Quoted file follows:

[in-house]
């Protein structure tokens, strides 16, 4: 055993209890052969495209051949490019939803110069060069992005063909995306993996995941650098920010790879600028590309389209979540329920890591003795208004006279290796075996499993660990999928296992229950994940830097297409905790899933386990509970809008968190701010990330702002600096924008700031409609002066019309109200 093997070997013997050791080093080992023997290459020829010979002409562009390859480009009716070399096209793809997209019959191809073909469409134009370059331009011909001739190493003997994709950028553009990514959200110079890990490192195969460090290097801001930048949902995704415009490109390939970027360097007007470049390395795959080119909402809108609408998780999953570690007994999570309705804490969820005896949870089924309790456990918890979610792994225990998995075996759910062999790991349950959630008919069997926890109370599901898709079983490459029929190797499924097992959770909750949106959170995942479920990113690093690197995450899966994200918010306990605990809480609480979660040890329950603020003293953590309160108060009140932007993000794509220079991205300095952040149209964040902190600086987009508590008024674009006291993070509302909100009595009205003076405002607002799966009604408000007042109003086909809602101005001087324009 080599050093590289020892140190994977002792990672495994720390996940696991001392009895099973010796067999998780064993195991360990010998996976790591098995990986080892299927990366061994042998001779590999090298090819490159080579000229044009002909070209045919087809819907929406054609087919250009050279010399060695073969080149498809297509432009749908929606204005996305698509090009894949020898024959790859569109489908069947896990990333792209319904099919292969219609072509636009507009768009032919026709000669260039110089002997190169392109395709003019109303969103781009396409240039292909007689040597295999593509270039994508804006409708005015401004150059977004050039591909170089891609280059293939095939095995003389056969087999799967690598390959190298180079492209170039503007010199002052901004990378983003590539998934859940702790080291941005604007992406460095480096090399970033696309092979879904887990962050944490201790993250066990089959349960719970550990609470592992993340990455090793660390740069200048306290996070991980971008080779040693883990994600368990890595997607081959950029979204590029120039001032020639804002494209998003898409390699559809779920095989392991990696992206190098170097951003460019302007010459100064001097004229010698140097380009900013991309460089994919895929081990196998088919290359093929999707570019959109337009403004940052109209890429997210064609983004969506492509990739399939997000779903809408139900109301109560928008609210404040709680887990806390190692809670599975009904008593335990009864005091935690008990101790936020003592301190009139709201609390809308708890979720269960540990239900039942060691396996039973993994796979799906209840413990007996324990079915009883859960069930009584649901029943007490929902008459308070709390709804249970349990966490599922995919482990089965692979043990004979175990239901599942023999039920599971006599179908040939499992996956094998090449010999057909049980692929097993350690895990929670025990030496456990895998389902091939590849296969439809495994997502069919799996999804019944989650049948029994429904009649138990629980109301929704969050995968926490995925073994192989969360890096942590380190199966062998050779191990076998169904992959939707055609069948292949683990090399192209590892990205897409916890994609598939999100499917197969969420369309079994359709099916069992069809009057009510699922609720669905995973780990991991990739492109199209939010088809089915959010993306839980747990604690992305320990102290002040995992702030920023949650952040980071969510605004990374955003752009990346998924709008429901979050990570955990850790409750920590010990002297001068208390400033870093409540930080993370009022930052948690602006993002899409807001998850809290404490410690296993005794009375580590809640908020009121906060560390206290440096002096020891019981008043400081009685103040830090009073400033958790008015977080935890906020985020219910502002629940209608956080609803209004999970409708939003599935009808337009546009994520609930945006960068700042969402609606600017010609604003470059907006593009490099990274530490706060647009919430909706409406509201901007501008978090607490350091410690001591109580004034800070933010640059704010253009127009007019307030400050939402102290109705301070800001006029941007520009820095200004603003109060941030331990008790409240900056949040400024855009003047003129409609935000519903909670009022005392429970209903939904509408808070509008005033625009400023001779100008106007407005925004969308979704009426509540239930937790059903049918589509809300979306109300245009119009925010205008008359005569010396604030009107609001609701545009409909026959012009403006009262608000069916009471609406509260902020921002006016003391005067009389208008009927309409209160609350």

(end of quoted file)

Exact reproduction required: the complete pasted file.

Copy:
[in-house]
């Protein structure tokens, strides 16, 4: 055993209890052969495209051949490019939803110069060069992005063909995306993996995941650098920010790879600028590309389209979540329920890591003795208004006279290796075996499993660990999928296992229950994940830097297409905790899933386990509970809008968190701010990330702002600096924008700031409609002066019309109200 093997070997013997050791080093080992023997290459020829010979002409562009390859480009009716070399096209793809997209019959191809073909469409134009370059331009011909001739190493003997994709950028553009990514959200110079890990490192195969460090290097801001930048949902995704415009490109390939970027360097007007470049390395795959080119909402809108609408998780999953570690007994999570309705804490969820005896949870089924309790456990918890979610792994225990998995075996759910062999790991349950959630008919069997926890109370599901898709079983490459029929190797499924097992959770909750949106959170995942479920990113690093690197995450899966994200918010306990605990809480609480979660040890329950603020003293953590309160108060009140932007993000794509220079991205300095952040149209964040902190600086987009508590008024674009006291993070509302909100009595009205003076405002607002799966009604408000007042109003086909809602101005001087324009 080599050093590289020892140190994977002792990672495994720390996940696991001392009895099973010796067999998780064993195991360990010998996976790591098995990986080892299927990366061994042998001779590999090298090819490159080579000229044009002909070209045919087809819907929406054609087919250009050279010399060695073969080149498809297509432009749908929606204005996305698509090009894949020898024959790859569109489908069947896990990333792209319904099919292969219609072509636009507009768009032919026709000669260039110089002997190169392109395709003019109303969103781009396409240039292909007689040597295999593509270039994508804006409708005015401004150059977004050039591909170089891609280059293939095939095995003389056969087999799967690598390959190298180079492209170039503007010199002052901004990378983003590539998934859940702790080291941005604007992406460095480096090399970033696309092979879904887990962050944490201790993250066990089959349960719970550990609470592992993340990455090793660390740069200048306290996070991980971008080779040693883990994600368990890595997607081959950029979204590029120039001032020639804002494209998003898409390699559809779920095989392991990696992206190098170097951003460019302007010459100064001097004229010698140097380009900013991309460089994919895929081990196998088919290359093929999707570019959109337009403004940052109209890429997210064609983004969506492509990739399939997000779903809408139900109301109560928008609210404040709680887990806390190692809670599975009904008593335990009864005091935690008990101790936020003592301190009139709201609390809308708890979720269960540990239900039942060691396996039973993994796979799906209840413990007996324990079915009883859960069930009584649901029943007490929902008459308070709390709804249970349990966490599922995919482990089965692979043990004979175990239901599942023999039920599971006599179908040939499992996956094998090449010999057909049980692929097993350690895990929670025990030496456990895998389902091939590849296969439809495994997502069919799996999804019944989650049948029994429904009649138990629980109301929704969050995968926490995925073994192989969360890096942590380190199966062998050779191990076998169904992959939707055609069948292949683990090399192209590892990205897409916890994609598939999100499917197969969420369309079994359709099916069992069809009057009510699922609720669905995973780990991991990739492109199209939010088809089915959010993306839980747990604690992305320990102290002040995992702030920023949650952040980071969510605004990374955003752009990346998924709008429901979050990570955990850790409750920590010990002297001068208390400033870093409540930080993370009022930052948690602006993002899409807001998850809290404490410690296993005794009375580590809640908020009121906060560390206290440096002096020891019981008043400081009685103040830090009073400033958790008015977080935890906020985020219910502002629940209608956080609803209004999970409708939003599935009808337009546009994520609930945006960068700042969402609606600017010609604003470059907006593009490099990274530490706060647009919430909706409406509201901007501008978090607490350091410690001591109580004034800070933010640059704010253009127009007019307030400050939402102290109705301070800001006029941007520009820095200004603003109060941030331990008790409240900056949040400024855009003047003129409609935000519903909670009022005392429970209903939904509408808070509008005033625009400023001779100008106007407005925004969308979704009426509540239930937790059903049918589509809300979306109300245009119009925010205008008359005569010396604030009107609001609701545009409909026959012009403006009262608000069916009471609406509260902020921002006016003391005067009389208008009927309409209160609350």